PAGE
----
21 Hot Building and Design Trends

March 1, 2006

Housing styles remain fairly consistent, with certain styles more popular in certain regions. What changes are proportions of houses and their components — the materials used, the layout of rooms, and the rooms themselves. Many condo owners, for example, now seek amenities like well-equipped gyms and green space for people and pets. Other favorites:

1. Copycat materials. New materials mimic old-time favorites but in lighter-weight, more energy-efficient versions. Dryvit Systems Inc. manufactures materials that replicate brick, granite, and limestone for outdoors and indoors.

2. U-shaped designs. When land is at a premium, a U-shaped house allows for a private outdoor space at the center.

3. Hidden garages. Fewer home owners want to see a garage out front, even if they own a fleet.

4. More color. Splashes of bolder, deeper colors are in for shutters, doors, window frames, and even roof tiles. Historic colors are also popular. Color gives a more lived-in look, says Peggy Van Allen, color marketing manager for Dutch Boy Paints.

5. Third-floor living space. Since building up is less costly than adding on, houses are being designed to expand into attic space if zoning permits.

6. Porches. Back in vogue and deeper, porches function more as a living space than a passageway. Some home owners want a private “sunset” screened porch off a master bedroom.

7. Windowless media rooms. In condo buildings where space is at a premium and windows are expensive, builders put media rooms, used mostly at night, in wide corridors.

8. Green materials. Interest in energy-efficient, sustainable materials is on the rise. Backup generators are popular for those in hurricane zones.

9. Snoring rooms. A bedroom that can double as a sleeping space for a family member who snores keeps that person from being banished to a sofa and a spouse from having a sleepless night, says Chicago designer Susan Fredman.

10. Professional-style workout spaces. No longer will a single piece of equipment do. Home owners want larger rooms with all the bells and whistles for working out alone or with a trainer.

11. Dual master suites. Two master bedrooms with bathrooms allow families to accommodate older relatives or returning college graduates.

12. Dual libraries. With fewer living rooms built, more couples seek his and her libraries, or one for adults and one for kids.

13. Cheese cellars. Have a wine cellar? Time to add a cellar to age that bleu.

14. Elevators. For home owners who don’t want to move to a one-level house or can’t add a first-floor bedroom, an elevator allows for aging in place.

15. Multiples, multiples. Two refrigerators have long been common; many are now opting for two dishwashers and even two laundry rooms, or two sets of washers and dryers.

16. Media rooms. Even in the mid-price range, some new homes feature an entertainment center outfitted with a projection screen, leather stadium-style seating, a surround-sound system, recessed dimmable lighting, and a black ceiling, says builder Dennis Stilley of DGR Construction Inc. in Atlanta.

17. Prewired whole-home systems. A centralized panel that controls a home’s systems, including the TV sound, security, thermostat, and lighting is becoming more mainstream as prices come down. Best of all: When you’re away, you can carry a wireless tablet to check on systems or control them from your cell phone or e-mail, says Mike Whaling, business development manager for InfiniSys Inc. in Daytona Beach, Fla.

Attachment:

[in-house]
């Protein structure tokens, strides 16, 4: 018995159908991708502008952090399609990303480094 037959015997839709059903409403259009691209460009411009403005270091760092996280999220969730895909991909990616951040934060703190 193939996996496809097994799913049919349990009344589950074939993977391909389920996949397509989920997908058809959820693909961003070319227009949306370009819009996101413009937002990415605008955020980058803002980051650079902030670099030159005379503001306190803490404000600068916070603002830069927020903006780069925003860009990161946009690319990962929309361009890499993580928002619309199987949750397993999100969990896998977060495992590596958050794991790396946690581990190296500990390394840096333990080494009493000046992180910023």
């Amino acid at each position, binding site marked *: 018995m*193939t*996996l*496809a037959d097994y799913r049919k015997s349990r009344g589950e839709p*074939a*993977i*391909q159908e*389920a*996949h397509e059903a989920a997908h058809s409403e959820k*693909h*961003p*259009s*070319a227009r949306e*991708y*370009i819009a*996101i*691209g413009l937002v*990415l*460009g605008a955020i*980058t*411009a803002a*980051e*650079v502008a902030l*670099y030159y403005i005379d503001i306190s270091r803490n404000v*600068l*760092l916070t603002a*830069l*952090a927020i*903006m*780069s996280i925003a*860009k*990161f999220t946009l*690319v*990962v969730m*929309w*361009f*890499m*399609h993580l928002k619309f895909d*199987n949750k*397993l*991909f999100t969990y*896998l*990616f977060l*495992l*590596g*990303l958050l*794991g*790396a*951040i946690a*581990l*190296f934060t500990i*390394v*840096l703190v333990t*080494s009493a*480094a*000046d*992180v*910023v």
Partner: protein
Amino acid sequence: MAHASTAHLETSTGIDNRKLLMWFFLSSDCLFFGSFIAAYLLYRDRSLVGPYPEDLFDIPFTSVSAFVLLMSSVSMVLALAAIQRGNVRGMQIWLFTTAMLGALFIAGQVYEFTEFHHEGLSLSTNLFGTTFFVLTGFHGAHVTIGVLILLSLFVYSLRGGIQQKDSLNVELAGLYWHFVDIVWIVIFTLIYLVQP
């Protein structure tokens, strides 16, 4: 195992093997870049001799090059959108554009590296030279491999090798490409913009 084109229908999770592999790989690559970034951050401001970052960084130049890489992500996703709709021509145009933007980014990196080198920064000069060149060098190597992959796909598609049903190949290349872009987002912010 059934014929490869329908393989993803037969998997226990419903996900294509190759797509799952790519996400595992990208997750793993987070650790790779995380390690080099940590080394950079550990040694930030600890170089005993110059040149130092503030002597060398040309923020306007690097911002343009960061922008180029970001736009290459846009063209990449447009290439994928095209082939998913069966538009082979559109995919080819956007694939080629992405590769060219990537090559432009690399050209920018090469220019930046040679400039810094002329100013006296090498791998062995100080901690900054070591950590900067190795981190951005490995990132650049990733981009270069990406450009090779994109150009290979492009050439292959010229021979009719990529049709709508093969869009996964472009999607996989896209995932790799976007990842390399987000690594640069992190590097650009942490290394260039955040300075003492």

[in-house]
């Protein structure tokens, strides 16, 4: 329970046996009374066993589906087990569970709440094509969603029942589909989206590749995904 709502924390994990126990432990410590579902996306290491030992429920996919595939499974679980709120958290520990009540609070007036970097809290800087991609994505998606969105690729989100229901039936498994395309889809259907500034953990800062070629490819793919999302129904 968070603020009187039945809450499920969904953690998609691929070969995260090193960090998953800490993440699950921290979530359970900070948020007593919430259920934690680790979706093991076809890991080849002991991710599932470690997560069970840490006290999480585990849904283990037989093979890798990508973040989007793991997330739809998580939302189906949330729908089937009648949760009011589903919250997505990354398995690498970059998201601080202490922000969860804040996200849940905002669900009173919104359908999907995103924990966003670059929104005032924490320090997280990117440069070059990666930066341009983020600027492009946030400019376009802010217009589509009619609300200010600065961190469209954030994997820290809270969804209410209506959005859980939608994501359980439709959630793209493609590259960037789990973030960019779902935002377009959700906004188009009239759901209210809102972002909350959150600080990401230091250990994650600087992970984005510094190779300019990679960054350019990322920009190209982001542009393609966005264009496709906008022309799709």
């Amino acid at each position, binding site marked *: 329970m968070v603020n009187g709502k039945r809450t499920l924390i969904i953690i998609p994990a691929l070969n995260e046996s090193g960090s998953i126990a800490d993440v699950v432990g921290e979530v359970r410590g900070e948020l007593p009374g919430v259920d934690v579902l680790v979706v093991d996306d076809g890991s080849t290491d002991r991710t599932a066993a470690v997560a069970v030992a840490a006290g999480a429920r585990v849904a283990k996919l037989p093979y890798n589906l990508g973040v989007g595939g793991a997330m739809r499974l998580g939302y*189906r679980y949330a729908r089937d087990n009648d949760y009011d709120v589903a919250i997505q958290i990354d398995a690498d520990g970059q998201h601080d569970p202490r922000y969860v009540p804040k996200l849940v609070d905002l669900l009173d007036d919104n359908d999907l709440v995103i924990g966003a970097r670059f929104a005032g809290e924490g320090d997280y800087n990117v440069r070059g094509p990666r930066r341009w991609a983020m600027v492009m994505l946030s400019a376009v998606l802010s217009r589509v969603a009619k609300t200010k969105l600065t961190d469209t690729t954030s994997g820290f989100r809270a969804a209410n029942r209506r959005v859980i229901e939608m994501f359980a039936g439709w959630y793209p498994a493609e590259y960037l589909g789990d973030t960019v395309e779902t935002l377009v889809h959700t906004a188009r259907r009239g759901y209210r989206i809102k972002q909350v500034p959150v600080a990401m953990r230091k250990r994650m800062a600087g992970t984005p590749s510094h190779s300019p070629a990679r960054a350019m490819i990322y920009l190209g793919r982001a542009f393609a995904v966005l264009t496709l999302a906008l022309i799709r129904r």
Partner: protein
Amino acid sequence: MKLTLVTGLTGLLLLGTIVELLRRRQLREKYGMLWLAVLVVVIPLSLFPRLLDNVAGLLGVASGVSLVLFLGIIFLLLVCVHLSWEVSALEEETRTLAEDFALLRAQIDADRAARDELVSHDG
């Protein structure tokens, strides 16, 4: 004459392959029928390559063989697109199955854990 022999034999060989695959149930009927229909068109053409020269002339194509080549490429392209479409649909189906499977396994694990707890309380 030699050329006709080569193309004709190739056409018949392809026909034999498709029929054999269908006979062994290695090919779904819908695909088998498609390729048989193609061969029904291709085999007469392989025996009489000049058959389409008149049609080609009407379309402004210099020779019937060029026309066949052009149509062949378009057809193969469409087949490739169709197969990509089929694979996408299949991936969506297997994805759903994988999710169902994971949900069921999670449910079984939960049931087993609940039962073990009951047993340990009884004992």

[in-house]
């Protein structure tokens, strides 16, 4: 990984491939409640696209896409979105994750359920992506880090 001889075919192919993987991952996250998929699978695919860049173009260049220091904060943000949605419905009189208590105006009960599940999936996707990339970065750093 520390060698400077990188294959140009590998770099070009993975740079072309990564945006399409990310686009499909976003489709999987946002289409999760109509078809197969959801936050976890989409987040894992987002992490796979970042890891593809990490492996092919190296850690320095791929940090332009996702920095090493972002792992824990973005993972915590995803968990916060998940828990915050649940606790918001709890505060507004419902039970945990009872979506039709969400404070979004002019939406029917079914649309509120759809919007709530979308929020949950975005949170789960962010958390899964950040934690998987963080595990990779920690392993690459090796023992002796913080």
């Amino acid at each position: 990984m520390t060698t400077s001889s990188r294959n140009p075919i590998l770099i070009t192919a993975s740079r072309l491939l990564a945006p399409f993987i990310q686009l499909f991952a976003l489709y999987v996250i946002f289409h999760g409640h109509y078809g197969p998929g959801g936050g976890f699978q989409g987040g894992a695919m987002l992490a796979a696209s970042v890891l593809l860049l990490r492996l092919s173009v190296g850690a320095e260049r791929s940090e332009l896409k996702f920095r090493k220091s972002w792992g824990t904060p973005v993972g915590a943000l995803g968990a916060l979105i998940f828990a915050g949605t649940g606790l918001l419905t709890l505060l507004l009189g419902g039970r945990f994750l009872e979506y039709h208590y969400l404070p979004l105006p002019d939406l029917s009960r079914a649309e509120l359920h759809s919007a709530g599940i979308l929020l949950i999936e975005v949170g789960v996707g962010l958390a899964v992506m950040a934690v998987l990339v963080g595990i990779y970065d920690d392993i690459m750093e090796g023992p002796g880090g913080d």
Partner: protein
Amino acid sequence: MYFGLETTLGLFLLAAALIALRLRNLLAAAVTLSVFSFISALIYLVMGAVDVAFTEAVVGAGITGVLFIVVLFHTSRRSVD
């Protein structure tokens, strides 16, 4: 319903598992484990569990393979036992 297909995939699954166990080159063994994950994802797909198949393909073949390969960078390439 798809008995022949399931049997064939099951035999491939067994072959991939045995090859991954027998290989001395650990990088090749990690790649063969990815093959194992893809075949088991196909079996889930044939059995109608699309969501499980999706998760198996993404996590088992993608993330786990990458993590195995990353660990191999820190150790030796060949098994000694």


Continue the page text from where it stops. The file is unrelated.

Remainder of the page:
18. Textures. Whether in materials or paints, smooth is out and texture’s in. Dryvit Systems produces a paint that comes in 80 colors, can duplicate textured surfaces, and is easy to clean. New York designer Liora Manné uses different yarns in rugs and blends colors. Rebecca Cole, another New York designer, recommends mixing textures such as slate, wood, and stone in the same room for a layered look, akin to layering apparel.

19. Pet showers. No longer located outdoors or in a laundry room, a shower for Rover may occupy a separate niche in an owner’s shower.

20. All fixed up. More home owners want to nix remodeling and buy a “finished” house, whether old and remodeled or spanking new.

21. Ay car-amba! Three-car garages have become common, and one leading company, GarageTek Inc. in Syosset, N.Y., says its average makeover now equals $6,500. Makeovers often include paneled walls, tiled floors (sometimes with radiant heat), cabinets, shelves, lighting, a potting or hobby station, and sometimes a place for a TV. “A three-car garage measuring 600 square feet is bigger than most rooms,” says Barbara Butensky, director of marketing.

Sources: Peggy Van Allen, Dutch Boy Paints, Cleveland; Jeff Brooks, Real Estate Convergence, San Francisco; Barbara Butensky, GarageTek Inc., Syosset, N.Y.; Erik Carlson, Dubin Residential Communities Inc., Chicago; Barbara Catlow, Dryvit Systems Inc., West Warwick, R.I.; Wendy S. Cohen, Orren Pickell Designers & Builders, Lincolnshire, Ill.; Rebecca Cole, Cole Creates, New York; Marianne Curran, Realty World First, Raleigh, N.C.; Anna Marie Fannelli, Floor & Décor, Tenafly, N.J.; Susan Fredman, Susan Fredman & Associates, Chicago; Lily Kanter, Serena and Lily, Sausalito, Calif.; Liora Manné, Lamontage, N.Y.; James Martin, The Color People, Denver; Ed Mattingly, Mattingly Custom Finishes, Chicago; Gail Missner, Baird & Warner, Chicago; David Robbins, Architecture Collaborative, Elliott City, Md.; Emily Stevenson, New York; Dennis Stilley, DGR Construction Inc., Atlanta; Sarah Susanka, author, Inside the Not So Big House (The Taunton Press, 2005), Raleigh, N.C.; Sam Switzenbaum, Switzenbaum & Associates, Philadelphia; Mike Whaling, InfiniSys Inc., Daytona Beach, Fla.

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